The Achilles heel of police reforms in Kenya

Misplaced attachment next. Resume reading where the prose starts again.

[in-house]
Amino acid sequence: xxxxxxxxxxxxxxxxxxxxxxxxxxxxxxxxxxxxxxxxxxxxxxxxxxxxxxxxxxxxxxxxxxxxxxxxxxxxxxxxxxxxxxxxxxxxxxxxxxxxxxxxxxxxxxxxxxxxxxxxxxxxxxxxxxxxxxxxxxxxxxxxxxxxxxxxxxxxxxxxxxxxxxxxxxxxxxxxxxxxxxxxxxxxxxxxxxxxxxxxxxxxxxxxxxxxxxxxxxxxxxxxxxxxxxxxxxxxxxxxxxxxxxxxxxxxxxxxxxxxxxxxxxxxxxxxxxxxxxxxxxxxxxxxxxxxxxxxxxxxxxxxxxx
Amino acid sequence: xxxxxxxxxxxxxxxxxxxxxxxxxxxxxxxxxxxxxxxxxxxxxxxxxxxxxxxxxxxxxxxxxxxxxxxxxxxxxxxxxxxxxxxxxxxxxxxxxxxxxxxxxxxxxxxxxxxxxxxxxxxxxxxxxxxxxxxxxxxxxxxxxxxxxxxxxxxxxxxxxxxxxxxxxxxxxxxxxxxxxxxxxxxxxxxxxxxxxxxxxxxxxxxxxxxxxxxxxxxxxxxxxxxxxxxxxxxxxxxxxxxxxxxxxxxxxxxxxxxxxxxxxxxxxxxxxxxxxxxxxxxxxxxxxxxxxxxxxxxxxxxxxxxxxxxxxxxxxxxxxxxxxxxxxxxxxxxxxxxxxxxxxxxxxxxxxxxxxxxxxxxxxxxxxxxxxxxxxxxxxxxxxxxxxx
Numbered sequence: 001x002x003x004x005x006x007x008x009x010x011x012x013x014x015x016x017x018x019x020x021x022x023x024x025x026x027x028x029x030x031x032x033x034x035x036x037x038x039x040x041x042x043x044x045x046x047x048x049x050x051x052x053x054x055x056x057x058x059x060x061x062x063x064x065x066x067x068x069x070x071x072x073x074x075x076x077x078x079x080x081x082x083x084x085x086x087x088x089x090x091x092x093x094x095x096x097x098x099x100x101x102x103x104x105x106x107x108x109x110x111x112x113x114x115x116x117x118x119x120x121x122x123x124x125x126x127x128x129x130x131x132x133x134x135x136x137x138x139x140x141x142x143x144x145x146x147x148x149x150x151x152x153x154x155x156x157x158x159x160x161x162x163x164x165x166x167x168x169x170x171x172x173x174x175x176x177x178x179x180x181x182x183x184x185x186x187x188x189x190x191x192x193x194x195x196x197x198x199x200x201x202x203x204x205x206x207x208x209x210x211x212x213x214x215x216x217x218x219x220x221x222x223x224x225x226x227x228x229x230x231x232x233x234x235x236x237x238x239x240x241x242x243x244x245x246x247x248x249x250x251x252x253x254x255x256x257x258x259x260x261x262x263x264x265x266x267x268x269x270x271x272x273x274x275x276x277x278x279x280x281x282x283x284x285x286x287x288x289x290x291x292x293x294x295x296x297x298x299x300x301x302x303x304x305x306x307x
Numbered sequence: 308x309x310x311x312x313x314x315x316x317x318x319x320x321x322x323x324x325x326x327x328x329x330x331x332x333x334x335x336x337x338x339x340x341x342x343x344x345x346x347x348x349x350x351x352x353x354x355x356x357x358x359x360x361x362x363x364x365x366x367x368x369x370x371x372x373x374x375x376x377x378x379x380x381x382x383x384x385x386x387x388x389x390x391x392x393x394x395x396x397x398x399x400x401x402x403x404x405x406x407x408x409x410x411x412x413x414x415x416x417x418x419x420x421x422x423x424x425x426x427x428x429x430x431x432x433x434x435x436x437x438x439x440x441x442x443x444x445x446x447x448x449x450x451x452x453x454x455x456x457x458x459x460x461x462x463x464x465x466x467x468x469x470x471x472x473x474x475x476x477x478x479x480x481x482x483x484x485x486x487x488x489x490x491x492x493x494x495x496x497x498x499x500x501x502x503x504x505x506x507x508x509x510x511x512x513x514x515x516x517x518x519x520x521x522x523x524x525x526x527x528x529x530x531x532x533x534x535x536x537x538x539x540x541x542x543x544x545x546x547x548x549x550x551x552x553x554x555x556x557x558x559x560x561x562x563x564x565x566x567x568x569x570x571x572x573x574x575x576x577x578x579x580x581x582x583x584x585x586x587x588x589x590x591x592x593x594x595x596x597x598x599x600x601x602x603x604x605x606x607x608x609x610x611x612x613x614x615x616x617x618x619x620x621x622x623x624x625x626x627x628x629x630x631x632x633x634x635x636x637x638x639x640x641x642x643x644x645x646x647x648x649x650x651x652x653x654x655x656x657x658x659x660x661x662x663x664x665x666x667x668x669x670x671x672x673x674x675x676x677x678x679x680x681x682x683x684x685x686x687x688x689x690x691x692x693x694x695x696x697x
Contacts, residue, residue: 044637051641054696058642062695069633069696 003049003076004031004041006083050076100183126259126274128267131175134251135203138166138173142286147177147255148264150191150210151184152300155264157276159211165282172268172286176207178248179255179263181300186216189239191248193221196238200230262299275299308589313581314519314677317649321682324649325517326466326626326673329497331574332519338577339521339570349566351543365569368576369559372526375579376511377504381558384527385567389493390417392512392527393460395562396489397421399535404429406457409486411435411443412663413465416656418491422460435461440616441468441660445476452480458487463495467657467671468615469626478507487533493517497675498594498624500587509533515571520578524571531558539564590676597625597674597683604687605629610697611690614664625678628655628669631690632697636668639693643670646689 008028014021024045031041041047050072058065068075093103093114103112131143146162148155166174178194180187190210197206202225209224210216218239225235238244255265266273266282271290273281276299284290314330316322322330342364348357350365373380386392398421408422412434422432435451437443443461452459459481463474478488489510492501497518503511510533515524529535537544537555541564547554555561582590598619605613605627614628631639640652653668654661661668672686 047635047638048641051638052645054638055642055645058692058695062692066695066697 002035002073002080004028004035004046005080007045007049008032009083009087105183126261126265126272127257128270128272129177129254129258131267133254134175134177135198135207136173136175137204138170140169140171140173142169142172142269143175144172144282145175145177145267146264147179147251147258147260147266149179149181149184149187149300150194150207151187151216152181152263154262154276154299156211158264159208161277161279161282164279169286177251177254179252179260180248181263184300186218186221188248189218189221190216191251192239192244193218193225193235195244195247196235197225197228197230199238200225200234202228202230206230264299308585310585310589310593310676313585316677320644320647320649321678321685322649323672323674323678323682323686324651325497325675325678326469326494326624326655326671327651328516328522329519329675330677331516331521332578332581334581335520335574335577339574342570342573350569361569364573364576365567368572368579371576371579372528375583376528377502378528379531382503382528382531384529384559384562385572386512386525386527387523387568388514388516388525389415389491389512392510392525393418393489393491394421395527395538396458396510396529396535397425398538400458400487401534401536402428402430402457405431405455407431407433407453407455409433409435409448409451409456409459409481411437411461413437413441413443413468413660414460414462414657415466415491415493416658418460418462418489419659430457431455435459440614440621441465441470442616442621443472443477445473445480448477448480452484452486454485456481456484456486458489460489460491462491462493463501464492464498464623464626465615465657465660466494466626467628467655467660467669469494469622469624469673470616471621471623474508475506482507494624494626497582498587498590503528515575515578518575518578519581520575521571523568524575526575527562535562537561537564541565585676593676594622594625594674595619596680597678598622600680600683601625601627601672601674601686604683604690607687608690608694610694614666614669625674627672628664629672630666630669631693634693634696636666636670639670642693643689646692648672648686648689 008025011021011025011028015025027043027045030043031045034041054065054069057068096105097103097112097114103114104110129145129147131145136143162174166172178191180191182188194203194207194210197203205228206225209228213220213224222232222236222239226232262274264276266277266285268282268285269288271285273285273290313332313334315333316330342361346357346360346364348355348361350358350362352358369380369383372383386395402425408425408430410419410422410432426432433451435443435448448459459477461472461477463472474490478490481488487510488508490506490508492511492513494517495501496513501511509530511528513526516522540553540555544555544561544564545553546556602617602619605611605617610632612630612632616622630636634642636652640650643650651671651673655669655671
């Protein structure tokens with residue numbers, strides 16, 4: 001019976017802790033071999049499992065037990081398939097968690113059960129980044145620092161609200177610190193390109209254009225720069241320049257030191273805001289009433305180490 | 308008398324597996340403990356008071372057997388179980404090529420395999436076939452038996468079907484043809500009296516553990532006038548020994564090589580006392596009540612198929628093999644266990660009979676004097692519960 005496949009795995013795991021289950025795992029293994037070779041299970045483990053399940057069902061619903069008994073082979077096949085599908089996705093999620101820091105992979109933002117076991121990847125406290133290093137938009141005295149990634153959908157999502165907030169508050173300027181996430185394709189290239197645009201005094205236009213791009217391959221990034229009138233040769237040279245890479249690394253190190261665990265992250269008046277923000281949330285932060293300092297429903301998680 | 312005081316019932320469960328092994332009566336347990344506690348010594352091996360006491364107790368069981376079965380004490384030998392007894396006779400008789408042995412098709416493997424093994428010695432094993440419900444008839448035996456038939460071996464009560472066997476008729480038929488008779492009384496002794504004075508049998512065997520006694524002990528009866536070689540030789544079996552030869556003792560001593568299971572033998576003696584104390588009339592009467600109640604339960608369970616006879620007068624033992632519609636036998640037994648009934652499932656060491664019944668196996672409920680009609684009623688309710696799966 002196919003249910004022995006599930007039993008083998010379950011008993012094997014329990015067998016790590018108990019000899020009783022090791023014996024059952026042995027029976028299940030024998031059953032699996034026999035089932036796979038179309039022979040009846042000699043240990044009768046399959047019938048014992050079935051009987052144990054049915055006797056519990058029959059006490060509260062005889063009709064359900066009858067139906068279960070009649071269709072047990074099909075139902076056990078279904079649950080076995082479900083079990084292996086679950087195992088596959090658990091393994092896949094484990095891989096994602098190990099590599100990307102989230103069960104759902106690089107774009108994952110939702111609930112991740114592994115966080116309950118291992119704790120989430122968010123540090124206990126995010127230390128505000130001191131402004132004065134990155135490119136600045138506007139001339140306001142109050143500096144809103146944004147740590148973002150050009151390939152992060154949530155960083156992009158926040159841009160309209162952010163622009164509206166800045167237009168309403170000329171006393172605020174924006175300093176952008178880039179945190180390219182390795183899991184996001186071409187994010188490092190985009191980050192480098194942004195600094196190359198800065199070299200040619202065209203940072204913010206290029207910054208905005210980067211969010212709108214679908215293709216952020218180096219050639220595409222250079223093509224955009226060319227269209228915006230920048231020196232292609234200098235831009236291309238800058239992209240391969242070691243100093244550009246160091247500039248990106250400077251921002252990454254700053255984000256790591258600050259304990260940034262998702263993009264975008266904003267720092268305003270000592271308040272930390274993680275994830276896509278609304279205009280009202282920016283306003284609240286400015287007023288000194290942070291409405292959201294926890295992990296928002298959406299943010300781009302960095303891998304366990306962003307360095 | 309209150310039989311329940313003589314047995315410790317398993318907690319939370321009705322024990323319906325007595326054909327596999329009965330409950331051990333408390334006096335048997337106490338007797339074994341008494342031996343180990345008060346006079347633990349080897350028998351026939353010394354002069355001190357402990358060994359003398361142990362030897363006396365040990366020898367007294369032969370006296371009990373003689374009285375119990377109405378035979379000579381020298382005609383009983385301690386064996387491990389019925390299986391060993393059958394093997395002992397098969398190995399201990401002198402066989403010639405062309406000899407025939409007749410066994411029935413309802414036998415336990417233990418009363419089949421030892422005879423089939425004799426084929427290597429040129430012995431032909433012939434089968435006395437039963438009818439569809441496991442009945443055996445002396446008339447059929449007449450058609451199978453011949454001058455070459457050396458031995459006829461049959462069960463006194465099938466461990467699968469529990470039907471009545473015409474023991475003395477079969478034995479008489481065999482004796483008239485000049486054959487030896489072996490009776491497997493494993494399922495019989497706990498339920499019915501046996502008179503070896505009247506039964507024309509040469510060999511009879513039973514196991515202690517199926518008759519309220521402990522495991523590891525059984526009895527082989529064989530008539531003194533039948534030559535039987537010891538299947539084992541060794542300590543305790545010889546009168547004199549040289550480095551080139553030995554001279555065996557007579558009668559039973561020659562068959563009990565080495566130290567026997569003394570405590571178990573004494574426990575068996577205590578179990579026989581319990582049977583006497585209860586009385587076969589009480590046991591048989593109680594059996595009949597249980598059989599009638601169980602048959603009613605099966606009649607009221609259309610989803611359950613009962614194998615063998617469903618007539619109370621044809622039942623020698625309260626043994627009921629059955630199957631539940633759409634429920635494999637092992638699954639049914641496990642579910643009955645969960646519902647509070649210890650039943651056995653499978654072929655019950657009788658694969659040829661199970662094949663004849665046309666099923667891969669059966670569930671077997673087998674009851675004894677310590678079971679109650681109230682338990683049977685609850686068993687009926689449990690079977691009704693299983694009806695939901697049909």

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1 Social Sciences 2013; 2(6): Published online October 20, 2013 ( doi: /j.ss The Achilles heel of police reforms in Kenya Douglas Lucas Kivoi, Casty Gatakaa Mbae Policy Analyst, Kenya Institute for Public Policy and Research Analysis (KIPPRA), Nairobi, Kenya address: L. Kivoi), L. Kivoi), G. Mbae), G. Mbae) To cite this article: Douglas Lucas Kivoi, Casty Gatakaa Mbae. The Achilles Heel of Police Reforms in Kenya. Social Sciences. Vol. 2, No. 6, 2013, pp doi: /j.ss Abstract: The genesis of policing in Kenya dates back to the pre-independence times. After independence, the constitution at that time had provisions for the establishment of a neutral police service. However that was just on paper because political leaders turned the police service into a political tool for suppressing and/or repressing political opponents, real or imagined. Thus the police impunity that was there during the colonial era was never eliminated from the service after Kenya got independence. Fifty years later, Kenya is still struggling with reforming its National Police Service which is fettered in many challenges among them corruption within its ranks, extra-judicial killings, limited and/or lack of professionalism, poor housing, lack of modern crime fighting equipments among numerous other challenges. The constitution promulgated in 2010 made demands for structural and welfare reforms to be carried out in the National Police Service. It is worth noting that the reforms anticipated in the police service are now way behind schedule. The culture of impunity in the police service has contributed to too many cases of insecurity, gross violation of human rights, mistrust by citizens and derailment of key achievements in democratic governance. It is thus evident that an overhaul of Kenya s police service is critical. This paper addresses some of the key challenges facing the National Police Service and gives some policy recommendations. Keywords: Crime, Impunity, Mistrust, Police Service, Policing, Structural Reforms, Welfare Reforms 1. Introduction Kenya s Vision 2030 lays emphasis on safety and security as crucial pillars for economic growth. Thus Vision 2030 and the constitution provide the basis for wide ranging police service reforms. Kenya inherited its security structure from the British colonial government which has remained the same for 50 years. Security of our country is critical if we are to realize our dream of being a middle income country by Kenya Police s long and not so good history is characterized by inefficiency, corruption, disregard for rule of law, police brutality and blatant abuse of human rights. The Kenya Police which was formed in the 19 th century has always served as the state s principal organ of domination, repression, oppression, curtailing rather than enhancing the rights of citizens. At independence, the new government inherited the philosophy, structure and systems of the colonial police which successive governments have maintained to safeguard their grip on political power. The government of Kenya is the midst of implementing ambitious reforms in the country as is enshrined in the constitution key among them, National Police Service reforms. The constitution stipulates various police reforms which if fully implemented will revamp the Police Service and address cases of police welfare, impunity by rogue officers, inefficiency and gross human rights violations. The establishment of the National Police Service Commission (NPSC) was a big step towards reforming this critical public sector charged with enforcing Rule of Law. It is worth noting that whereas some steps have been made in implementing police reforms; many critical reforms are yet to be made key among them the vetting of senior officers, comprehensive life insurance for all police officers, provision of security kits to all officers and the construction of a forensic laboratory for the Criminal Investigation Department (CID). The slow progress of implementing the National Police Service reform agenda increases incidences of gross human rights violations and also limits the response and preparedness of the National Police Service in discharging its constitutional mandate to citizens. For example, the National Police Service was unable and/or incapable of preventing, managing and containing the 2007/2008 post election violence and in most cases police officers engaged in rampant human rights abuses, violations and excessive